In a multinode CAS environment, you may have unbalanced CAS tables. CAS tables not evenly distributed across all the CAS worker nodes. When the CAS tables are not properly balanced, the SAS Viya environment underperforms.
In a multinode CAS environment, CAS tables get unbalanced due to the following reasons.
When Multinode Data Load process selects a skewed column to split the source data or uses a lesser number of CAS Worker node than total available CAS nodes, the CAS table ends up with uneven data distribution across all CAS Worker nodes. In this scenario, when a user submits a CAS action (through reports or UI) against these tables, CAS has to temporarily move some of the data blocks amongst CAS nodes to utilize all Worker nodes and achieve parallel processing. The data movement on the fly impacts the overall performance of the SAS Viya environment.
(Note: The above statement is valid for most of the Data Connector except CDE. CDE Data connector redistributes data amongst CAS Worker nodes.)
With high availability feature for CAS tables, in a multinode CAS environment when one or more CAS worker nodes goes down the CAS tables are still available to users. The high availability of the CAS table depends on the number_of_copies parameter used during CAS load. With default value 1, when one of the CAS Worker nodes goes down, the CAS tables are still available. To make CAS table more node fault tolerant, you need to consider a higher number for copies parameter. The size of the CAS table is directly proportional to the number_of_copies parameter.
When a repaired CAS Worker node becomes part of the CAS environment, it does not have any data blocks from existing in-memory CAS tables. However, CAS will utilize the re-instated CAS worker node for multithread processing. CAS does not auto distribute the existing CAS table to re-instated CAS nodes. CAS will temporarily move parts of CAS table data to re-instated CAS worker node for each CAS action to execute the multi-threaded process. This on-the-fly data movement amongst the CAS nodes will cause overall performance degradation to Viya environment.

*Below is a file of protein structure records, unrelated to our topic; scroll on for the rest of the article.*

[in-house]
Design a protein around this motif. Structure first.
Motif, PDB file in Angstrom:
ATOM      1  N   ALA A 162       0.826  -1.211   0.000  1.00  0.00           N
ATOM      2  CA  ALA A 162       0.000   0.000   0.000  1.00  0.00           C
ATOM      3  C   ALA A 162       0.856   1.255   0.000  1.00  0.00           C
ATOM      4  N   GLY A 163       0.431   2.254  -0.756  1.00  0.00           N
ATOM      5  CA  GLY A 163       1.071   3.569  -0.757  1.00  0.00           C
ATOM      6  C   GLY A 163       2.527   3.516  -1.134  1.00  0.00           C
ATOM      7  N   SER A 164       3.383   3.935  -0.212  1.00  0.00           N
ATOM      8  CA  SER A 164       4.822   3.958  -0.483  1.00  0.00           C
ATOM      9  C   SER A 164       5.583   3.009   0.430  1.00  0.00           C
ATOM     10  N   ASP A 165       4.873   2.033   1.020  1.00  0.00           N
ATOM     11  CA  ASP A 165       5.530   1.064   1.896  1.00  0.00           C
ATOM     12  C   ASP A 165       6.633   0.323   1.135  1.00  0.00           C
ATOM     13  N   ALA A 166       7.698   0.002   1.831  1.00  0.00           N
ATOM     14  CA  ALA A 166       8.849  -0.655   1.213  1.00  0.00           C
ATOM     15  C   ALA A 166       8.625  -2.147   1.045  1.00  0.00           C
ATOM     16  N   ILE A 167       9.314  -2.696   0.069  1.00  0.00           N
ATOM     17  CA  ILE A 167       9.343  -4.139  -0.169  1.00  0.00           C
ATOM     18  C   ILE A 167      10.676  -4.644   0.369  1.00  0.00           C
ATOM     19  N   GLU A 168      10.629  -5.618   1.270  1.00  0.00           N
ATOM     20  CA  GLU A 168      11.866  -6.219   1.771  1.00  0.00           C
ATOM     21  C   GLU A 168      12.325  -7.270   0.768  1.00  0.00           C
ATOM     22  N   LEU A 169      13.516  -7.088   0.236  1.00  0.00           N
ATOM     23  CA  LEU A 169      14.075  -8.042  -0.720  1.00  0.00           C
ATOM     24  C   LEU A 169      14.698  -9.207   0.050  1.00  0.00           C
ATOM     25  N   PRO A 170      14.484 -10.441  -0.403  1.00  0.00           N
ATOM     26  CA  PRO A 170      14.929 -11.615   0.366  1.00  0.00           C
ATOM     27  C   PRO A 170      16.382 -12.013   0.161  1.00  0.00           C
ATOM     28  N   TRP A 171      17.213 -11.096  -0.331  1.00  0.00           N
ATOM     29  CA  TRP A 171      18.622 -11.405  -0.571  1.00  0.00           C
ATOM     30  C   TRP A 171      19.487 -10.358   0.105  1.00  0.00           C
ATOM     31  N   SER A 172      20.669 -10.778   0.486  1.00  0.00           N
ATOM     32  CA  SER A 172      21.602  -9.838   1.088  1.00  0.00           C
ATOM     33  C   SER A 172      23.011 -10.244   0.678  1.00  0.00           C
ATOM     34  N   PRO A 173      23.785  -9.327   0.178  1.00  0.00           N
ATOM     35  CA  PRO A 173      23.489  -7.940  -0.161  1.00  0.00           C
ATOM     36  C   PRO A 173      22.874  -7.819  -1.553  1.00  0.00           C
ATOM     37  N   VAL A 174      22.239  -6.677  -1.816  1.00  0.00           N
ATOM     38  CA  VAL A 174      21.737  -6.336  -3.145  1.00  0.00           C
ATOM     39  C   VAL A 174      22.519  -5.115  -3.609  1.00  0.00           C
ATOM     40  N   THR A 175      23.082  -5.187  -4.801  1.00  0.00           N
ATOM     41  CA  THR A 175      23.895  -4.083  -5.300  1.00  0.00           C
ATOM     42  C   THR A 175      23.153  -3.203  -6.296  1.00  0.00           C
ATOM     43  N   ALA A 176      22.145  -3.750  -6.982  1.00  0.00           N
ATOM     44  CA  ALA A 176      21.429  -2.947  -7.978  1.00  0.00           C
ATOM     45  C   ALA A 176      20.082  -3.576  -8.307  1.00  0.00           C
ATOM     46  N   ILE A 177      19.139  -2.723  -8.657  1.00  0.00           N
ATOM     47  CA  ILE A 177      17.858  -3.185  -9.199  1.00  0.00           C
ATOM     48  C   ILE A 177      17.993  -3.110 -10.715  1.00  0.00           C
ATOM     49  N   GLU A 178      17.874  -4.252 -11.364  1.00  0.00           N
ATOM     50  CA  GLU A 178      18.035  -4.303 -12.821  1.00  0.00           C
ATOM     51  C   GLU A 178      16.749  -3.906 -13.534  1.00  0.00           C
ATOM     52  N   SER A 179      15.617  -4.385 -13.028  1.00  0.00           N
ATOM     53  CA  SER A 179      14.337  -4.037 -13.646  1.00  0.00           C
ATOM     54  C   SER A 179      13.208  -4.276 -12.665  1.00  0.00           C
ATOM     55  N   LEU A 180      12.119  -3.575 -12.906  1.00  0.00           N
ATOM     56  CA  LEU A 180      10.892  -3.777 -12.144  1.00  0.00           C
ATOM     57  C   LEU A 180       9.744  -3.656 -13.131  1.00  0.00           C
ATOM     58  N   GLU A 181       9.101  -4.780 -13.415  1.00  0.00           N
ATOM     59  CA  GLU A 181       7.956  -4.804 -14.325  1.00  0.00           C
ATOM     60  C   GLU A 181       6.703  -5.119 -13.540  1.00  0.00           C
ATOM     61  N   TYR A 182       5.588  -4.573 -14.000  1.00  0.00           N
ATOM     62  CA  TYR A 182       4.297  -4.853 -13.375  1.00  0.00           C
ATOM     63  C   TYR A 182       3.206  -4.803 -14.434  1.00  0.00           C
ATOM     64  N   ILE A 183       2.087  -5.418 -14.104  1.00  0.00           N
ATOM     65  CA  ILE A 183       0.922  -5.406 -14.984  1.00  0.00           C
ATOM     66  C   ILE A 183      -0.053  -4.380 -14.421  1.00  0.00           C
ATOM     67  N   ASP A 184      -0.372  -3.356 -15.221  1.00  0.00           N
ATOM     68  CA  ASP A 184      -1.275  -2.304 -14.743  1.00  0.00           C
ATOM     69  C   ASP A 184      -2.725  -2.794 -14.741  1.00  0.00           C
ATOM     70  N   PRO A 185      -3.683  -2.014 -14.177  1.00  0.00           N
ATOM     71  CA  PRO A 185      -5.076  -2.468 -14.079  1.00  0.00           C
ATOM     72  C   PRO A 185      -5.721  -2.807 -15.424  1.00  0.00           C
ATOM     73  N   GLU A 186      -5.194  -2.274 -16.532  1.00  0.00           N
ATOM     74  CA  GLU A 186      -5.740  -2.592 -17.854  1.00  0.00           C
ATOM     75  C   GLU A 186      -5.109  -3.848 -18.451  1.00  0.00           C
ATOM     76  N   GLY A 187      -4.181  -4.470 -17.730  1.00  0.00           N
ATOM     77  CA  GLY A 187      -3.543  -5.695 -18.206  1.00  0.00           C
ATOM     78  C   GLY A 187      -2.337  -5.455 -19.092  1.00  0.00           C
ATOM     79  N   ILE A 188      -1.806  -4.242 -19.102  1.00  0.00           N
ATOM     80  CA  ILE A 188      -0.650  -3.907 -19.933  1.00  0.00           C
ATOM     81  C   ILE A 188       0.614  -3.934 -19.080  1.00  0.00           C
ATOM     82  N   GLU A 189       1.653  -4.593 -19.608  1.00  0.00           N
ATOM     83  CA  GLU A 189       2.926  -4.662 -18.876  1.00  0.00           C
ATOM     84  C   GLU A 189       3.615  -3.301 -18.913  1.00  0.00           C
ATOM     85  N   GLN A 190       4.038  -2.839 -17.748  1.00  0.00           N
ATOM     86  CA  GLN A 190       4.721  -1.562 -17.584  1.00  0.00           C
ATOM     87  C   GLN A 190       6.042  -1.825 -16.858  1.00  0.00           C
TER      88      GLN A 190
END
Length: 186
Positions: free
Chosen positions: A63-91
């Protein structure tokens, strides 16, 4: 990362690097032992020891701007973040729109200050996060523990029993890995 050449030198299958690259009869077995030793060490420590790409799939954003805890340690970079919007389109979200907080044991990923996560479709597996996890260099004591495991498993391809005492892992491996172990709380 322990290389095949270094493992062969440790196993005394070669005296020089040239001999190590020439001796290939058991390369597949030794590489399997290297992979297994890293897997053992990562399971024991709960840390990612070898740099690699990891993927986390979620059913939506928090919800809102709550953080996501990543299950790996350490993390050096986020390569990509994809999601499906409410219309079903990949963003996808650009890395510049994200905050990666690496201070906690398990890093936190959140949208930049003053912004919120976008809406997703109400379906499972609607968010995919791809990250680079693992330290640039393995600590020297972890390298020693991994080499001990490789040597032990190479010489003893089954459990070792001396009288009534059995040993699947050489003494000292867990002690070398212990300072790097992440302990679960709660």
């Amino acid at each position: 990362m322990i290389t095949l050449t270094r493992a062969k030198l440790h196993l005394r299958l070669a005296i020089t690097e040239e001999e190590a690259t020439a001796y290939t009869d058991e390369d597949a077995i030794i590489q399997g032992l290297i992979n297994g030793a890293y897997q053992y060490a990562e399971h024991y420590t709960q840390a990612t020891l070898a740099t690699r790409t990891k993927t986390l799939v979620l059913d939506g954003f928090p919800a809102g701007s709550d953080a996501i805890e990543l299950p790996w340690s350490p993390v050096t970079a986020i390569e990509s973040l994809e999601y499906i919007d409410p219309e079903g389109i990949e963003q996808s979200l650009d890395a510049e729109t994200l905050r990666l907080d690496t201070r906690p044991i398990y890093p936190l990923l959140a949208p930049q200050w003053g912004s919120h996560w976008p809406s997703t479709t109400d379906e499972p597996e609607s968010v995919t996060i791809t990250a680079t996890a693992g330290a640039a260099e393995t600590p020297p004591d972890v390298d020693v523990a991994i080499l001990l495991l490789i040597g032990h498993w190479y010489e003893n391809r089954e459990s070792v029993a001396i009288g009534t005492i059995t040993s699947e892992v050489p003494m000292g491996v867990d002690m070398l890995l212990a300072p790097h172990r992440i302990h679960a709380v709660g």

To improve Viya performance, you need to manually re-write the CAS table to balance across all the CAS worker nodes. You can utilize the in-memory data to re-write the CAS table. There is no need to re-load CAS from the source environment. You can re-write a CAS table from in-memory data provided you have enough (twice the size of table) memory space (read CAS_DISK_CACHE) to accommodate the intermediate CAS table for a short period.
You can re-distribute an existing in-memory CAS table in a three-step process.
The three-step process is required as you cannot in-place overwrite a global CAS table. You can create a staging CAS table from a global CAS table by using data steps or table partition CAS action. The table partition CAS action without a variable name just re-writes the CAS table across all worker nodes.
When creating a staging table, do not to use the original name for the target table name. When the same original name used for target staging table, there will be two CAS tables with the same name - one in session scope and another in the global scope. When you submit a drop table action for same name table, it will drop the session scope staged table rather than the global scope table. The promote action will fail with an error stating "there is no session-scope table " to promote. Your global table will be unaffected, untouched, and not balanced. So, avoid confusion and use a new name (e.g. _stg) for staging table and stay away from getting the same name table in session scope and global scope.
The following code example describes the process of re-distributing an in-memory CAS table across all CAS worker nodes.
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